Nell Larson

Co-host of KPCW's This Green Earth.

Nell Larson has been the director of Swaner Preserve and EcoCenter since 2013, but has been a co-host of This Green Earth since 2009.  Prior to her role as director at Swaner, Nell acted as Conservation Director, where she focused on the restoration and management of the 1,200 acre nature preserve, implementing projects geared toward stream restoration, water quality, wildlife habitat, and trails.  Nell grew up in the Adirondack Mountains of upstate New York.  She completed her undergraduate degree at Yale, as well as her master of Environmental Management with a focus in ecology at the Yale School of Forestry.  Outside of work, Nell loves to ski - both Nordic and alpine - sail, hike, travel, kickball, and generally take advantage of Utah's great outdoors.

Ways To Connect

Amazon.com

Chris and Nell First speak with Rob DuBruc, staff attorney with Western Resource Advocates,regarding thier efforts to have U.S. Oil Sands perform air and groundwater monitoring as a proposed strip mining operation in eastern Utah.  Then, on the second half of the show, they speak with Jenna Walenga of the research group Adventures and Scientists for Conservation ASC is conducting research which documents the increasing extent and amounts of microplastics showing up in fresh and saltwater around the globe.

kpcw.org

On this episode, hosts Nell Larson and Chris Cherniak spoke first with Matt Pacenza,  Executive Director of HEAL Utah.  Matt talked about Energy Solutions plans  to accept depleted uranium at it's facility in Clive, Utah.  He also discussed why a proposed bill to weaken state-defined building codes  would result in the construction of homes with poor energy efficiency. In the second part of the show, Benjamin Skolnick with the American Bird Conservancy talked about the benefits of purchasing shade-grown coffee will have on not just birds, but ecosystems as a whole.

recycleutah.org

On this episode, hosts Nell Larson and Chris Cherniak spoke with Insa Repien, Executive Director at Recycle Utah.  Insa reflects on Recycle Utah's twenty five years of providing recycling and re-purposing services to the community and what challenges lie ahead. Next up, a conversation with Paul Spitler of the Wilderness Society about the deadline looming for the Land and Water Conservation Fund, and what will happen if the fund is not reauthorized by Congress.

 

amazon.com

On this episode, hosts Chris Cherniak and Nell Larson were joined by Professor Randall Wilson of Gettysburg College for a conversation about the formation and management of our public lands, including conflicts between privatization, regulation and environmental protection. Professor Wilson is the author of America's Public Lands - Yellowstone to Smokey The Bear and Beyond.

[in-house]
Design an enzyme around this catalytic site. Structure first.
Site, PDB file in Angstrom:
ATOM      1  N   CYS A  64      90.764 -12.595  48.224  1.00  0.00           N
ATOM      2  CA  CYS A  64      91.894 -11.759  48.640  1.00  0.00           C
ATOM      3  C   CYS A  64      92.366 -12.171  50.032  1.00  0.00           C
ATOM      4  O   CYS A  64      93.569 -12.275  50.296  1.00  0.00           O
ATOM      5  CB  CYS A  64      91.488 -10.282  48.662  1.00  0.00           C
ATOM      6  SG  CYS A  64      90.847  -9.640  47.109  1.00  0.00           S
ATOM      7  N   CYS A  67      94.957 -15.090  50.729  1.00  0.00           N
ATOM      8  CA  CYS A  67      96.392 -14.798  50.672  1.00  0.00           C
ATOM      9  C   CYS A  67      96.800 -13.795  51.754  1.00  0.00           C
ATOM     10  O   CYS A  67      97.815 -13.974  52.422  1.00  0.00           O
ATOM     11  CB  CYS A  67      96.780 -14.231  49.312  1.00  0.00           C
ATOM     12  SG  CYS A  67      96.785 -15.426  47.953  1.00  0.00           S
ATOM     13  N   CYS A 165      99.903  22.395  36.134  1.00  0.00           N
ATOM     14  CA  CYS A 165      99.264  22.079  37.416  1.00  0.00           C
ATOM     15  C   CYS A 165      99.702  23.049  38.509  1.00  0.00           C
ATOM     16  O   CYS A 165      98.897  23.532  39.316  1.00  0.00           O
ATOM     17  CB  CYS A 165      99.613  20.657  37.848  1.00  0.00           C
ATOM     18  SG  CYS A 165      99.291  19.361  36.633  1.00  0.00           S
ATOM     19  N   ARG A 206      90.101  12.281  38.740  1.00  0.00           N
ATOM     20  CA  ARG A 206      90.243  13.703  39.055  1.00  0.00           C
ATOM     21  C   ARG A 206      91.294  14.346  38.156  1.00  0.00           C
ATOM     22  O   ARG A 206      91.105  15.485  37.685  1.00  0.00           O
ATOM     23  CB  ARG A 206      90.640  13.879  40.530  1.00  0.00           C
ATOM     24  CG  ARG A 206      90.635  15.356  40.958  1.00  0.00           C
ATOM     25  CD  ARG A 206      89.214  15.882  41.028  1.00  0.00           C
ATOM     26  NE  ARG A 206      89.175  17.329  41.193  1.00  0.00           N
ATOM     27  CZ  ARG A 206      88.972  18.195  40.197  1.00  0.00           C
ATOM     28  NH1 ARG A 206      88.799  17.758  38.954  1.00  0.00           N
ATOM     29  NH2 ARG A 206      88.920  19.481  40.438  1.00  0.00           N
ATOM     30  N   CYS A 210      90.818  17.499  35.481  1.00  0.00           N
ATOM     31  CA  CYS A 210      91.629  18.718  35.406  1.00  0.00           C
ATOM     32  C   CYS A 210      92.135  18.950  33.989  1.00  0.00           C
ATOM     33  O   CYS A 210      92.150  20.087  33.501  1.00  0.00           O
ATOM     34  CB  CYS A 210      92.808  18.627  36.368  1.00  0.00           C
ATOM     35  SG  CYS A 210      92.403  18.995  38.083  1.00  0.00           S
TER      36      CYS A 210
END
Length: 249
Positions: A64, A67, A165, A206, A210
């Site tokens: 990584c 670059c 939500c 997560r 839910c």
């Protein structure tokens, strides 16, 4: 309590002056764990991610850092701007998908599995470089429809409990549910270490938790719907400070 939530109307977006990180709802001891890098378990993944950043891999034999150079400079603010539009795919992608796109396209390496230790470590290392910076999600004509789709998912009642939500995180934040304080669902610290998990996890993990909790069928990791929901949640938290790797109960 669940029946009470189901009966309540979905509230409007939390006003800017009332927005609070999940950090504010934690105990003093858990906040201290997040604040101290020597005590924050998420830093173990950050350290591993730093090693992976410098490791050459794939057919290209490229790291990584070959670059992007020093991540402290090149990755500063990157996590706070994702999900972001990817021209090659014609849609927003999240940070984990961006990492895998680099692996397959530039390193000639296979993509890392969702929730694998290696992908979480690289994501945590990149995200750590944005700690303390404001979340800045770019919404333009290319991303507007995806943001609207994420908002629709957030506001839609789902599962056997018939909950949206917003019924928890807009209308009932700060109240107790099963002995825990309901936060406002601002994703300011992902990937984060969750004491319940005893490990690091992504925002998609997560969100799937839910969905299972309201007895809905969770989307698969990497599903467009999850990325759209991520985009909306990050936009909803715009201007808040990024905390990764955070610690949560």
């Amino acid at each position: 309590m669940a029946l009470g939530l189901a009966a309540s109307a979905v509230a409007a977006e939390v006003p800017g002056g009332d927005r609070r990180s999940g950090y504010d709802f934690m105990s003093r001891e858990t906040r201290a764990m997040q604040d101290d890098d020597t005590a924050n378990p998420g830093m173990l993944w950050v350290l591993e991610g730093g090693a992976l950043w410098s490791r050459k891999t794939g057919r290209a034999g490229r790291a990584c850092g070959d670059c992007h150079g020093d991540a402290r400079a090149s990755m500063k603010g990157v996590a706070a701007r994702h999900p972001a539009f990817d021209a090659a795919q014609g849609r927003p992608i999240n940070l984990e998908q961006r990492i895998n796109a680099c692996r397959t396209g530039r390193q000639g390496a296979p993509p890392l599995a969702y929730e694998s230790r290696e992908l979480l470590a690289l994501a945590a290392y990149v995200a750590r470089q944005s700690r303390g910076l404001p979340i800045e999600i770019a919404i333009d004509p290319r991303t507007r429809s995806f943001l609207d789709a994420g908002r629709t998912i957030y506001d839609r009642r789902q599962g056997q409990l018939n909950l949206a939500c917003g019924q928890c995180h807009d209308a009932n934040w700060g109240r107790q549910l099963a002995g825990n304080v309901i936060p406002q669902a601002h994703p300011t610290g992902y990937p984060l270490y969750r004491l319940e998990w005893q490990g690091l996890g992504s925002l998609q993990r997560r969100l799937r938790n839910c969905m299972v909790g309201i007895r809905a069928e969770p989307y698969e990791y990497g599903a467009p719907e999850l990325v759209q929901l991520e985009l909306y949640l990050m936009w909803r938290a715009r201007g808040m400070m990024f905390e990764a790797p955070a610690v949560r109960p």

On this edition of KPCW's This Green Earth, Nell and Chris first spoke with Thomas Sharpe, wildlife ecologist, about the growing black bear population in Utah. Why are their numbers increasing and why that is good for our ecosystem. Also, learn why Japanese Lilac and Kentucky Coffee trees are better for your yard than Mountain or European Ash from Jason Barto, Certified Arborist with Wasatch Back Trees.

On this edition of This Green Earth, hosts Nell and Chris first talk about the record-breaking heat wave occurring in India with Bob Henson, climate science blogger with the Weather Underground.  In addition, Bob mentions that last week it got up to 91 degrees in Eagle, Alaska!  After that, they speak with Anne Patterson, founder and CEO of Solavore, a company that manufactures and sells portable solar ovens. 

In this edition of This Green Earth, Chris and Nell speak with Glen Perry of Alpro Energy to discuss the feasibility of converting food waste into reusable methane gas using anaerobic digestion.  PCCAPS students Jonas Peek and Tobin Greenwald also join the conversation as they have been collecting data on food waste production by restaurants and supermarkets throughout Summit County.

In this podcast of This Green Earth It's spring and time to talk about honey bees with local beekeeper Doug Fryer.  Doug shares some amazing facts about these creatures including how they keep their hive at 95 degrees during the entire winter, that 99% of the hive is female, and why honey bees prefer blue and purple flowers when foraging for pollen and nectar.

In this edition of This Green Earth, Chris and Nell first speak with Dr. Steven Kress, author of "Project Puffin: The Improbable Quest to Bring a Beloved Seabird Back to Egg Rock", a book that chronicles the efforts to re-establish puffin birds to islands off the Maine coast. After that, they talk to Matt Lindon, professional engineer, about the state's ongoing drought and why the second driest state in the nation consumes more water than nearly any other.

First up on today's show is Daisy Fair, Head of Farming Operations at Copper Moose Farms in Park City. Daisy talks about the early season plantings, seedlings and the difference between organic and biodynamic farming.  After that, Zach Frankel, Executive Director of Utah Rivers Council,joins Chris and Nell to discuss the successful launch of a Rain Harvest Program down in Salt Lake County and Murray City.  Rain Barrels for $40?  That's a great deal!

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